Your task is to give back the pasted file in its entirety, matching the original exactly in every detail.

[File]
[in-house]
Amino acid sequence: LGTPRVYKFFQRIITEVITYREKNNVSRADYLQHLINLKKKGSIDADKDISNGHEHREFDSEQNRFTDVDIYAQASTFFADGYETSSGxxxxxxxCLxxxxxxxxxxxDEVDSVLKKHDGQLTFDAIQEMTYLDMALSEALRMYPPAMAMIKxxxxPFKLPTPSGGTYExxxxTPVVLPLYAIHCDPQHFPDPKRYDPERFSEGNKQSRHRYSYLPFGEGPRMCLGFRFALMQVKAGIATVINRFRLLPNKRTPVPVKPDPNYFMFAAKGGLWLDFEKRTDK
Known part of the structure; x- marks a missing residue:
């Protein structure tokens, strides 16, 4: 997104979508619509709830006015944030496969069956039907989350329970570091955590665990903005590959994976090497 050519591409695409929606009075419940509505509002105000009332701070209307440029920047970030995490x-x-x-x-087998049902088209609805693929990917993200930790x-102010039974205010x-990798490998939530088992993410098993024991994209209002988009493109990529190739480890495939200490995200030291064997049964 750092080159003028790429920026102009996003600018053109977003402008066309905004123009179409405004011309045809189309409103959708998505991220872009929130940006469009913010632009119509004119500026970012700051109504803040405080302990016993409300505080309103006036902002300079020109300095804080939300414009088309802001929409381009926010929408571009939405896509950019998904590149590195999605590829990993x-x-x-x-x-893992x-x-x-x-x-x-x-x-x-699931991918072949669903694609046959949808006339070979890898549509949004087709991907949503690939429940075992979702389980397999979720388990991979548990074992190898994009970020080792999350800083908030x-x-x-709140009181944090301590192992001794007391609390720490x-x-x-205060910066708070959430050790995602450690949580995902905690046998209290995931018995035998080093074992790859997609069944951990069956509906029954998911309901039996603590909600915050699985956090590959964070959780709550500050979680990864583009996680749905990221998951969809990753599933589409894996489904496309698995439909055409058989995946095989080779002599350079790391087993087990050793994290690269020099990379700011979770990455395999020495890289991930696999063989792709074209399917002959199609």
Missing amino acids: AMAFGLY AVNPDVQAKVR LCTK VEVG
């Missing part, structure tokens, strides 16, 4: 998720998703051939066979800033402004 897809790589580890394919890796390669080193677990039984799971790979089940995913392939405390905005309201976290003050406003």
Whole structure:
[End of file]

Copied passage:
[in-house]
Amino acid sequence: LGTPRVYKFFQRIITEVITYREKNNVSRADYLQHLINLKKKGSIDADKDISNGHEHREFDSEQNRFTDVDIYAQASTFFADGYETSSGxxxxxxxCLxxxxxxxxxxxDEVDSVLKKHDGQLTFDAIQEMTYLDMALSEALRMYPPAMAMIKxxxxPFKLPTPSGGTYExxxxTPVVLPLYAIHCDPQHFPDPKRYDPERFSEGNKQSRHRYSYLPFGEGPRMCLGFRFALMQVKAGIATVINRFRLLPNKRTPVPVKPDPNYFMFAAKGGLWLDFEKRTDK
Known part of the structure; x- marks a missing residue:
């Protein structure tokens, strides 16, 4: 997104979508619509709830006015944030496969069956039907989350329970570091955590665990903005590959994976090497 050519591409695409929606009075419940509505509002105000009332701070209307440029920047970030995490x-x-x-x-087998049902088209609805693929990917993200930790x-102010039974205010x-990798490998939530088992993410098993024991994209209002988009493109990529190739480890495939200490995200030291064997049964 750092080159003028790429920026102009996003600018053109977003402008066309905004123009179409405004011309045809189309409103959708998505991220872009929130940006469009913010632009119509004119500026970012700051109504803040405080302990016993409300505080309103006036902002300079020109300095804080939300414009088309802001929409381009926010929408571009939405896509950019998904590149590195999605590829990993x-x-x-x-x-893992x-x-x-x-x-x-x-x-x-699931991918072949669903694609046959949808006339070979890898549509949004087709991907949503690939429940075992979702389980397999979720388990991979548990074992190898994009970020080792999350800083908030x-x-x-709140009181944090301590192992001794007391609390720490x-x-x-205060910066708070959430050790995602450690949580995902905690046998209290995931018995035998080093074992790859997609069944951990069956509906029954998911309901039996603590909600915050699985956090590959964070959780709550500050979680990864583009996680749905990221998951969809990753599933589409894996489904496309698995439909055409058989995946095989080779002599350079790391087993087990050793994290690269020099990379700011979770990455395999020495890289991930696999063989792709074209399917002959199609």
Missing amino acids: AMAFGLY AVNPDVQAKVR LCTK VEVG
């Missing part, structure tokens, strides 16, 4: 998720998703051939066979800033402004 897809790589580890394919890796390669080193677990039984799971790979089940995913392939405390905005309201976290003050406003």
Whole structure: